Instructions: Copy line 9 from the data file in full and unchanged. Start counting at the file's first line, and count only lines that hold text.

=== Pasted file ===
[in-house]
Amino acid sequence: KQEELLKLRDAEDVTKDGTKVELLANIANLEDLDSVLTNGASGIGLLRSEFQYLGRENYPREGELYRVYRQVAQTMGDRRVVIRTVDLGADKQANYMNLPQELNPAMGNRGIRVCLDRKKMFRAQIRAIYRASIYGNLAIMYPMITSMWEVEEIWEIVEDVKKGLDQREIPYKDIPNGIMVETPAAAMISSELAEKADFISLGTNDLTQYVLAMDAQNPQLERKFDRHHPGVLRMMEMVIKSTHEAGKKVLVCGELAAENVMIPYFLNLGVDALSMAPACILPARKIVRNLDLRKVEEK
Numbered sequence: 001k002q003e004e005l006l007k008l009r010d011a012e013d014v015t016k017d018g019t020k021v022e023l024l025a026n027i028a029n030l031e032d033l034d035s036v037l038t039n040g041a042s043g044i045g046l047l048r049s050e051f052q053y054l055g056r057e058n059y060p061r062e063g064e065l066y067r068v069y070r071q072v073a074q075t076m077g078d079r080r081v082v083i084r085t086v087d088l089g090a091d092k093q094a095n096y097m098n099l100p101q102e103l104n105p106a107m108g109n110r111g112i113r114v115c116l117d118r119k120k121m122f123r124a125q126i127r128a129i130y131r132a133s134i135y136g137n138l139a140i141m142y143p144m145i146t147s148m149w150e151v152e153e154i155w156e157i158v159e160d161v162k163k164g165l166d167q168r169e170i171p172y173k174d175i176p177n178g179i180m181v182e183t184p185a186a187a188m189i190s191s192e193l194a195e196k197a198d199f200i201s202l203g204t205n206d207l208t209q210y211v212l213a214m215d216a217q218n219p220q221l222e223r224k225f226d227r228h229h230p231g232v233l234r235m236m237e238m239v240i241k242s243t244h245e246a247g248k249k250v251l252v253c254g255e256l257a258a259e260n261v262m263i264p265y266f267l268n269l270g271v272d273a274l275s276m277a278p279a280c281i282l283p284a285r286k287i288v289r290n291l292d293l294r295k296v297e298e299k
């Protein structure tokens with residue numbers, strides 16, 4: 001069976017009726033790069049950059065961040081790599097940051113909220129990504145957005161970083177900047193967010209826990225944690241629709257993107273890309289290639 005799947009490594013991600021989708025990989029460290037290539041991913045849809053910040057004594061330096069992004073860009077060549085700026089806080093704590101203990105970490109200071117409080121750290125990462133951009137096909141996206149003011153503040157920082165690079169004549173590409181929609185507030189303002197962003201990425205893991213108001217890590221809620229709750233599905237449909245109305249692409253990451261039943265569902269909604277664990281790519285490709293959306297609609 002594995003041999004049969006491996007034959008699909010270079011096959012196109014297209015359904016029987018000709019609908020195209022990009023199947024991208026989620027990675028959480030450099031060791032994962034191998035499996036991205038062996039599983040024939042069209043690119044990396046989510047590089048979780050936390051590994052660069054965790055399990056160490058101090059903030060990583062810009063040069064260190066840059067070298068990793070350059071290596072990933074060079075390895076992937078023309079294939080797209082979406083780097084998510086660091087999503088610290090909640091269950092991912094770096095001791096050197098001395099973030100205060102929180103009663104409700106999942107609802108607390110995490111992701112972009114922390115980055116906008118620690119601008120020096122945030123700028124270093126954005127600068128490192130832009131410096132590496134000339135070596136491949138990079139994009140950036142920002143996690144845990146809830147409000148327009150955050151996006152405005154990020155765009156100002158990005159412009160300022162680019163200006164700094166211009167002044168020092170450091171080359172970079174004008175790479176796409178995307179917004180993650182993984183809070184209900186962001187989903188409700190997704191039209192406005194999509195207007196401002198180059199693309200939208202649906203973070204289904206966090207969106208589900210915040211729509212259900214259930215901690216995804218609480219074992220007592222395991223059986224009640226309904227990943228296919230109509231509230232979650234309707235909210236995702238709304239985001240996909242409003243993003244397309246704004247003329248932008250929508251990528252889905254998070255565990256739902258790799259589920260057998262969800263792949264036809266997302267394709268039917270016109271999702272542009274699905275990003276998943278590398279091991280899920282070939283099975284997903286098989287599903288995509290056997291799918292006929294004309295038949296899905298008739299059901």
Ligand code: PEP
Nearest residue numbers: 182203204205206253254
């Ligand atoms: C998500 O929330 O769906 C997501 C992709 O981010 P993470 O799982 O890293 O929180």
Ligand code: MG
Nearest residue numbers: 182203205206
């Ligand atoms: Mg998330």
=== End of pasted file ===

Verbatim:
Nearest residue numbers: 182203205206